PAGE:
Stretchable microLED displays without distortion? There are three significant hurdles in the commercialization of stretchable displays. First, the stretching of display panels inevitably accompanies image distortion and non-uniform deformation. Second, the conventional display substrate suffers from low stretchability. Third, the stretchable rubber substrate is incompatible with today’s display fabrication process due to its significant thermal expansion and low dimensional stability.
Jae-Hyun Kim from KIMM (Korea Institute of Machinery & Materials) will present a solution at TechBlick's upcoming microLED event. Checkout the full agenda here www.TechBlick.com/microLEDs
This talk presents a stretchable meta-display enabled by micro-LEDs to overcome the limitations of conventional stretchable displays. As shown in slide one, an auxetic metamaterial with a Poisson’s ratio of -1 and electric interconnections was designed as a substrate of the stretchable display for stretching without image distortion and with uniform deformation. A highly stretchable circuit board was realized using a polyimide substrate, a conventional display substrate for commercialized OLED flexible displays.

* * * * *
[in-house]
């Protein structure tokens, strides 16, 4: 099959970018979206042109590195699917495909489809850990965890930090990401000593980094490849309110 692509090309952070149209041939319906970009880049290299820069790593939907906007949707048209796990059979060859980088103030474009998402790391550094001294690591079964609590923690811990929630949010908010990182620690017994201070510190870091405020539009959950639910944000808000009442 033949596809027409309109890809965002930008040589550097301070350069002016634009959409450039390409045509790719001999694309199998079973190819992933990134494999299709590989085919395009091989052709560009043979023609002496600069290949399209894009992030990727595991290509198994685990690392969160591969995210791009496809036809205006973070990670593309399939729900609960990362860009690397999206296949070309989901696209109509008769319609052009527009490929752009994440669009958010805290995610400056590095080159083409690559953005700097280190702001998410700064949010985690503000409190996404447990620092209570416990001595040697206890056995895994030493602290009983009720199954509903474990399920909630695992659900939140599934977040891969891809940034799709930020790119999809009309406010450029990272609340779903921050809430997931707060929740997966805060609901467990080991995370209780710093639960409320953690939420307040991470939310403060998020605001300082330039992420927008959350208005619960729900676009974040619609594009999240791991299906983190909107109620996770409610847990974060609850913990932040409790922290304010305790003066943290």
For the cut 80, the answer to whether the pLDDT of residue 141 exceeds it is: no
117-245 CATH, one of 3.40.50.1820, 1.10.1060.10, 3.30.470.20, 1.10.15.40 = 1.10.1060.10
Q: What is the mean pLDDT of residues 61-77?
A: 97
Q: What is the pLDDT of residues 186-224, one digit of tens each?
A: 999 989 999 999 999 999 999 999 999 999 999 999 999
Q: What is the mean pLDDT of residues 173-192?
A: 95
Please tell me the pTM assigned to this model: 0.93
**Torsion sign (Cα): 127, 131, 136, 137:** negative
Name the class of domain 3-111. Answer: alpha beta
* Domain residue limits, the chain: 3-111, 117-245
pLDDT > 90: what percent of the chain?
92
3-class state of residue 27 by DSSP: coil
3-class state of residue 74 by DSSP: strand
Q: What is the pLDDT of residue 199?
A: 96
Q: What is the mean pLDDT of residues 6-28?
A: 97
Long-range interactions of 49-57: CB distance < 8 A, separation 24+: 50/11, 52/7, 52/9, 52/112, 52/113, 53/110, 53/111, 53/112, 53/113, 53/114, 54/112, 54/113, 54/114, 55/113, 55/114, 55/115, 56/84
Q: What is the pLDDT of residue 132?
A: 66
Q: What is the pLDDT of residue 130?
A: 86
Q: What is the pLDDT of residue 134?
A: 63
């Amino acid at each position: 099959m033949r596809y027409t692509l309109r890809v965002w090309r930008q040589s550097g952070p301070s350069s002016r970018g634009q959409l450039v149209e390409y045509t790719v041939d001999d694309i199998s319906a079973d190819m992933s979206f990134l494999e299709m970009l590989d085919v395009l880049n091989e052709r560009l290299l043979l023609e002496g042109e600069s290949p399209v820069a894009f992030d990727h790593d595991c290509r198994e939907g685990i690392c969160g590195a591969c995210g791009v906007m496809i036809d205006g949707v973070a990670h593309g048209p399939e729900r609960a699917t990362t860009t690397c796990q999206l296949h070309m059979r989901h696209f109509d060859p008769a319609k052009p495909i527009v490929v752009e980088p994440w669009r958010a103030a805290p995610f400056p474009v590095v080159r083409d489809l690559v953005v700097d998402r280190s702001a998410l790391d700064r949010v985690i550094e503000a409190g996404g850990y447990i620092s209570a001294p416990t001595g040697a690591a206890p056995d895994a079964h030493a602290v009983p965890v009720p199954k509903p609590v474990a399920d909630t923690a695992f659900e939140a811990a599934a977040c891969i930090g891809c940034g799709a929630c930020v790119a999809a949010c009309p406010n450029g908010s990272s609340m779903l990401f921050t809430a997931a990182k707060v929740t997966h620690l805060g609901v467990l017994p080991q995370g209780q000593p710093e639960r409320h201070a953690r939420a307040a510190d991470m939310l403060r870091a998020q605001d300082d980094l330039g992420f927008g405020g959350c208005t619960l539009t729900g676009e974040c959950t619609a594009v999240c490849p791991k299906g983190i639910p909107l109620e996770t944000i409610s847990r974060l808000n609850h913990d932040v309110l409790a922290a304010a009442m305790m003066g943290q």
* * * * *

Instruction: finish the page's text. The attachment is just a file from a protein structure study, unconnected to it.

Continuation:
As shown in slide two, the auxetic metamaterial consists of kirigami-cutting lines made by the UV laser. The structural stretchability of kirigami overcomes the low material stretchability of polyimide and reaches a panel stretchability larger than 20%. The polyimide substrate has excellent dimensional and thermal stability during the circuit board fabrication.
As shown in slide three, a fully automated roll transfer machine for 4-inch panels was used to transfer micro-LEDs on the circuit board. The electrical interconnection between the micro-LEDs and the circuit board was secured by Tin-based eutectic solder. The scalability of the roll transfer technology was demonstrated by realizing two-inch, three-inch, and four-inch stretchable display panels, as shown in slide four.